A diagnosis for everything – but are we making a meal out of modern disorders?

Picky eating is nothing new but in generations past, you had to cop it sweet if you didn’t swallow what was served up to you, writes Michael Blucher

Sep 11, 2020, updated Sep 11, 2020
(Photo: Sharon McCutcheon, Unsplash)

(Photo: Sharon McCutcheon, Unsplash)

The ravages of COVID aside, I can’t imagine why anyone would want to work in the hospitality industry in 2020.

Tough gig, particularly running a restaurant.

All the different food allergies, special requests and dietary requirements. These days, chefs almost need a double degree in microbiology and gastroenterology before they turn on a hotplate.

With a couple of good mates in the hotel game, I thought I was across all the dietary bullets there were to dodge, but then, like a fresh bun rising in an oven, a new one appears.

ARFID – anyone heard of that?

“Avoidant Restrictive Food Intake Disorder”. Also known as “extreme picky eating,” or more voluminously, “an eating disorder characterised by highly selective eating habits or disturbed feeding patterns, often resulting in significant nutrition and energy deficiencies. Particularly prevalent in small children.”

Without for a moment casting aspersions on the potential seriousness of the said disorder, it was the last few words of the medical precis that caught my eye – viz a viz, how common ARFID was among small children.

Small children – picky with food … imagine that?

Casting my mind back a million years to my own childhood, I suspect my brothers and I might have suffered intermittently from ARFID, never more so than when our mother served up corn beef with boiled potatoes, white sauce and a side of Brussels sprouts.

Fortunately, our kitchen table was in close proximity to a screenless window that opened out on to a spacious back yard, which included a swimming pool.

That window was the equivalent of our ARFID remedy, until one weekend when my mother spotted a hustle of Brussels sprouts, bobbing in the shallows of the pool steps.

That triggered a very different disorder. No television for a week. Goodness knows how many episodes of Matlock Police we missed, but it was plenty.

That’s the thing. In simpler times, there was no medically induced inquiry, no diagnosis, no dietary disorders. Kids just ate what was put in front of them, gratefully and graciously, without complaint.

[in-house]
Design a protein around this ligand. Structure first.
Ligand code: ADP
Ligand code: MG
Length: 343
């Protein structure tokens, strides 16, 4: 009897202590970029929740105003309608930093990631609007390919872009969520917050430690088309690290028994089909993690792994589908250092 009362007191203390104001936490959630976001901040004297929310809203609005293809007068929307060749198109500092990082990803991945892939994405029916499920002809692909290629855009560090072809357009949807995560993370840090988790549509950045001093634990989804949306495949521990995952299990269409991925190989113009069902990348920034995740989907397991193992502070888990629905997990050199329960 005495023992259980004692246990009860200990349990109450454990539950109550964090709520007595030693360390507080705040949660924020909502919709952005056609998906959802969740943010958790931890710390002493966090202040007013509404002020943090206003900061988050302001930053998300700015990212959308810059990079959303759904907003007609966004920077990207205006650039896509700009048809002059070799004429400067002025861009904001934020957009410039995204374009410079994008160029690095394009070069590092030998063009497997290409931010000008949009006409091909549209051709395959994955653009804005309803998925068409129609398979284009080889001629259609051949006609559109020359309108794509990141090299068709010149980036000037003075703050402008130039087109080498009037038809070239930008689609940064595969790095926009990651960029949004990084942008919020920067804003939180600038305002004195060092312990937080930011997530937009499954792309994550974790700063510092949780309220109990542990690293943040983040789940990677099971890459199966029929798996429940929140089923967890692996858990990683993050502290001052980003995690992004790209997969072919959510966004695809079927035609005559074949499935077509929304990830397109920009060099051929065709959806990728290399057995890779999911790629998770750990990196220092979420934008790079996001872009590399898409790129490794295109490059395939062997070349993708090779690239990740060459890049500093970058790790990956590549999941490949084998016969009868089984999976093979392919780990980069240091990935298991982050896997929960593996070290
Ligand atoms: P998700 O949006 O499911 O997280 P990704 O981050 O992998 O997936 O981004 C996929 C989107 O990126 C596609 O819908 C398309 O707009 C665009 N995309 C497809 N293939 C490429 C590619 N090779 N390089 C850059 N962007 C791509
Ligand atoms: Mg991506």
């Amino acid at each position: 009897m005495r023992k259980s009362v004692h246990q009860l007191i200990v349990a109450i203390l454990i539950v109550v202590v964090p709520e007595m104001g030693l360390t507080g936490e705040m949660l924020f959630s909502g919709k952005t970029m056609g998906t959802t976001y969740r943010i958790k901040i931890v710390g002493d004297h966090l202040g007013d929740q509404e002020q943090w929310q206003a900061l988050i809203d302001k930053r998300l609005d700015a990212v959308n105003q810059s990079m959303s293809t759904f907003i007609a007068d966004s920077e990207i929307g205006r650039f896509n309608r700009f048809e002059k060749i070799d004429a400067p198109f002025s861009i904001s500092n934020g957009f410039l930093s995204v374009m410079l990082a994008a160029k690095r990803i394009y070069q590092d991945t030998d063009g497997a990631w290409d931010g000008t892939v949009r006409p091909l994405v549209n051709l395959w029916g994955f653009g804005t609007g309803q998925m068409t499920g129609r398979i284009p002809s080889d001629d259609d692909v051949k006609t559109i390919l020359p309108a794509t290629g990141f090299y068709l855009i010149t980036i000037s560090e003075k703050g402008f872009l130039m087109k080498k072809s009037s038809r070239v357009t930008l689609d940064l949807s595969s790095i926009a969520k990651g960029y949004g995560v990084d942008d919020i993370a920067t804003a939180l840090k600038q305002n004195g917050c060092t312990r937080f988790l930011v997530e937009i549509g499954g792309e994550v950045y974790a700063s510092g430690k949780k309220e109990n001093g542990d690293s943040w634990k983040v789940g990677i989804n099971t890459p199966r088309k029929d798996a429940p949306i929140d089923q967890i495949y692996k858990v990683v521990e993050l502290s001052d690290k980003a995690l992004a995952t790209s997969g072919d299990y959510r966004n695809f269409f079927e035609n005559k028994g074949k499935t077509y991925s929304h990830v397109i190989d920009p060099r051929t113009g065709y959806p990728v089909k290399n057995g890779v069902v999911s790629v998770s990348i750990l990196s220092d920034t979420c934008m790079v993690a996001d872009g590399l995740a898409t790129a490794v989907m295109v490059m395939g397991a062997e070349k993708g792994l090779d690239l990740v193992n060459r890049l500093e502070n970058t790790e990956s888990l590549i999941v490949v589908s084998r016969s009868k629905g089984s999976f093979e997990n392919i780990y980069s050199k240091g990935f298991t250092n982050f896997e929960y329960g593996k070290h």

And until you finished everything on your plate, in our household at least, the nightly developments of Matlock Police or Cop Shop or Leonard Teale’s Homicide remained a mystery. As did dessert.

Roll forward to 2020, and our daily intake of food seems to have become as much about science as it is about taste.

A mate who heads up a large hotel chain in southeast Queensland estimates every time he runs a function for 400 people, he’ll have between 35-40 per cent of guests with some sort of special dietary requirement.

Granted, quite a few of those change their mind when they see the size of the steak, or the inviting presentation of the chicken, but it’s still an astronomical figure.

He accepts as the new norm the need to employ additional chefs to prepare the range of different meals that the hotel is now required to serve. Front-of-house staff have to rely on colour-coded plates to assist waitstaff in unravelling the dinner time tangle.

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It was through my GM mate that I was alerted to the “emergence” of ARFID. He hadn’t heard of it either, despite having worked in the hotel game for more than 30 years.

Through further reading, he came to understand that the disorder develops from “a complex interplay between genetic, psychological and sociocultural factors”.

He knew exactly what that meant. More coloured plates.

Again, without wanting to trivialise this space – there are clearly some very serious eating disorders the cause untold pain for individuals and their families – and they deserve our strongest sympathy.

But does every tiny modern-day, food-related abnormality or peculiarity need a label? Or are we finding solutions to problems that don’t need solving?

The other question I have – what role do we, as parents play in encouraging (or suppressing) the emergence of current and future eating disorders? I fear if we continue along the current path, at some point we’ll all be carrying around our own coloured plate.

And before we dismiss that as total frippery, another bloke I know – a highly intelligent, apparently sensible medico – will routinely prepare four different meals of an evening for his four daughters, based on what they are, and are not, prepared to eat.

Can’t see that playing out well in the future, not when they’re married with children of their own.

As a final aside, I’d be interested to understand just how prevalent ARFID is in places like India and Africa, where small mouths are grateful for any form of food, regardless of its glycemic index.

From what I read, the disorder is not nearly as rampant in Third-World countries.

Perhaps at this early stage, the disorder remains undetected.

Like it was in Kenmore, back in the 1970s.

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